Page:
The 5-minute Interview: Michèle Roberts, Writer

'Lots of women smile but that doesn't mean they don't have a mind'
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The Independent Online

The feminist author Michèle Roberts, 58, was the poetry editor of 'Spare Rib' magazine from 1975-77 and went on to write novels. In 1992, she was shortlisted for the Booker Prize for 'Daughters Of The House'. She won the WH Smith literary award a year later. She is a professor of creative writing at the University of East Anglia and a judge of the Booktrust's John Llewellyn Rhys Prize. For details, visit www.booktrust.org.uk

If I weren't talking to you right now I'd be ...

Writing or cooking for friends.

A phrase I use too often ...

"That's wonderful dear" – it's such a cliché.

A common misperception of me is ...

That because I smile and am nice to people I am not intelligent. Lots of women are interested in people and smile but that doesn't mean they don't have a mind.

I wish people would take more notice of ...

Each other and be more public-spirited. The most wonderful thing about living here is you can have a chance conversation with a complete stranger.

The most surprising thing to happen to me was ...

When I won the WH Smith literary award. They gave me £10,000 so, with a wodge of cash in my back pocket, I bought my first house in France.

I am not a politician but ...

I believe people need to get involved in politics to make the world better.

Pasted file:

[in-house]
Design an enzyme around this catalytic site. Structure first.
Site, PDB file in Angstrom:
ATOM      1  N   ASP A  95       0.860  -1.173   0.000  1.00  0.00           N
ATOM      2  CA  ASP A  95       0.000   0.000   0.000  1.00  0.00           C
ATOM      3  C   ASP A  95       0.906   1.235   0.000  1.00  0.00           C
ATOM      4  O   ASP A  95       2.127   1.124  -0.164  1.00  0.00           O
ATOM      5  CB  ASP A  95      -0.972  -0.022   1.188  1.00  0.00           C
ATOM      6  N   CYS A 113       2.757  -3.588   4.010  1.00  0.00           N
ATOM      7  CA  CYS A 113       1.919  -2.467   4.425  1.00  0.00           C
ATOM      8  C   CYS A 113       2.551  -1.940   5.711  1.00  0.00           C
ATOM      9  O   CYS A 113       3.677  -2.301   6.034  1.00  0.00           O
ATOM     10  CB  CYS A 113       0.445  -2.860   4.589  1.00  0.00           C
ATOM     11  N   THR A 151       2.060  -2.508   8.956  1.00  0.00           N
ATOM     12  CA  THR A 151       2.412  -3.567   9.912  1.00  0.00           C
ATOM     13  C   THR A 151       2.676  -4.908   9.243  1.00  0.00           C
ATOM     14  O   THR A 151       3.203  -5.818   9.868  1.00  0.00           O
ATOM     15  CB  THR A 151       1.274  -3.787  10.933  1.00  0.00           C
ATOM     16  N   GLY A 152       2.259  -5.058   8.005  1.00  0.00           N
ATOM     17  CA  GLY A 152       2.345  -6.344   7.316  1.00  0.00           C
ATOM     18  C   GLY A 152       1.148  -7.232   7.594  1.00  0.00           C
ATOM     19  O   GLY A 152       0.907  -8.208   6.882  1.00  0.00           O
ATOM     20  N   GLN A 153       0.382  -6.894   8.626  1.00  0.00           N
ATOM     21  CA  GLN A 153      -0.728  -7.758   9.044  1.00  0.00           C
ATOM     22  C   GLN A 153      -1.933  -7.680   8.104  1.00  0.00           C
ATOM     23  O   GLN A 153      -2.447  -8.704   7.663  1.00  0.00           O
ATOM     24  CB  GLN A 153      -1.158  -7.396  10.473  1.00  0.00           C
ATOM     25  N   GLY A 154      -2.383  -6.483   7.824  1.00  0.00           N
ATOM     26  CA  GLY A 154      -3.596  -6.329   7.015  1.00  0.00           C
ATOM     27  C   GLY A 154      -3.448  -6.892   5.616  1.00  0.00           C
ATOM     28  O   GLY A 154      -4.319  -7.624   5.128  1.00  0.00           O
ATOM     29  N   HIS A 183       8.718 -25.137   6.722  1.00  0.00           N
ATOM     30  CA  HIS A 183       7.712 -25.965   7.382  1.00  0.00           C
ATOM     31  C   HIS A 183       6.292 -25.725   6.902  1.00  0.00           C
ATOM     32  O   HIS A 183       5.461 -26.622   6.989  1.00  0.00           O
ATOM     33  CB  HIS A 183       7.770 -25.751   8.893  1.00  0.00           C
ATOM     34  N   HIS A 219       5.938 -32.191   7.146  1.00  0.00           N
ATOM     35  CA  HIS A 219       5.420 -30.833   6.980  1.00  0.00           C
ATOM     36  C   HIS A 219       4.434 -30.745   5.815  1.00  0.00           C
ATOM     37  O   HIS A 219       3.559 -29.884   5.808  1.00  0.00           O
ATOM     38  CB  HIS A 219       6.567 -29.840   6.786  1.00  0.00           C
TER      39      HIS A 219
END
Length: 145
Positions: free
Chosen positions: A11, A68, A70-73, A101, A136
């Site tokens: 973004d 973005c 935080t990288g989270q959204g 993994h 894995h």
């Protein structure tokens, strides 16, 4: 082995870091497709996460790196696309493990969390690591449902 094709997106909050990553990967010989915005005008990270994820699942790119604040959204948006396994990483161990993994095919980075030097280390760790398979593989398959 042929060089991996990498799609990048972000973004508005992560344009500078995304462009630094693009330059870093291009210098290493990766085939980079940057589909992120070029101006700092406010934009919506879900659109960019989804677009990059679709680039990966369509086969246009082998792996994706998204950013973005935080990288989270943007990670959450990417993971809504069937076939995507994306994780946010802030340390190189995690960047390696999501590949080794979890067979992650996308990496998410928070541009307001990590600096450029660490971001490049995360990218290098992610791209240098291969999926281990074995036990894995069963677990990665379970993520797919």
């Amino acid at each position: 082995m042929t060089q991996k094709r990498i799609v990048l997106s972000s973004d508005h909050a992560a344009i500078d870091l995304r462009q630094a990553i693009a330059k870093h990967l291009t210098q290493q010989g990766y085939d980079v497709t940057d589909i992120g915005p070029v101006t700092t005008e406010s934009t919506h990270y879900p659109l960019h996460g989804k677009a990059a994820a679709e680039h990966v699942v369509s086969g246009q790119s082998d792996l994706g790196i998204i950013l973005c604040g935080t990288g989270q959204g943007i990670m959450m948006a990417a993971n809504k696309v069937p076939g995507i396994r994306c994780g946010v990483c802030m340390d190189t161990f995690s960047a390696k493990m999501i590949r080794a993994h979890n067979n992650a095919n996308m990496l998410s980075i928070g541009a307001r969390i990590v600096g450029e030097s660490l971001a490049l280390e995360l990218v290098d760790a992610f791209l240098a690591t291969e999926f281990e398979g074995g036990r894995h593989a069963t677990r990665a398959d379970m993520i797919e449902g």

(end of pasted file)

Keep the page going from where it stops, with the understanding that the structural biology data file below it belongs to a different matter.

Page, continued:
I'm good at ...

Being a friend and listening, loving, cooking and enjoying myself.

I'm very bad at ...

Being a good housewife. I'm a part-time slut. I never do housework unless my mother or friends are coming round.

The ideal night out is ...

A walk by the river with someone I love and lots of conversation. I think London restaurants are so over-priced so we would go home, cook and eat by candlelight.

In weak moments I ...

Cry, write my diary, ring my best friend and drink a glass of Muscadet – the wine I was brought up with in Normandy.

You know me as a writer but in another life I'd have been ...

It is impossible to imagine a life without writing. Writing has made my life make sense and has made my life worthwhile.

The best age to be is ...

You have to cherish the age you are, otherwise you admit to having regrets and that is terrible.

In a nutshell, my philosophy is this ...

Don't lie on your deathbed and have regrets. Do it now.

Charlie Francis-Pape

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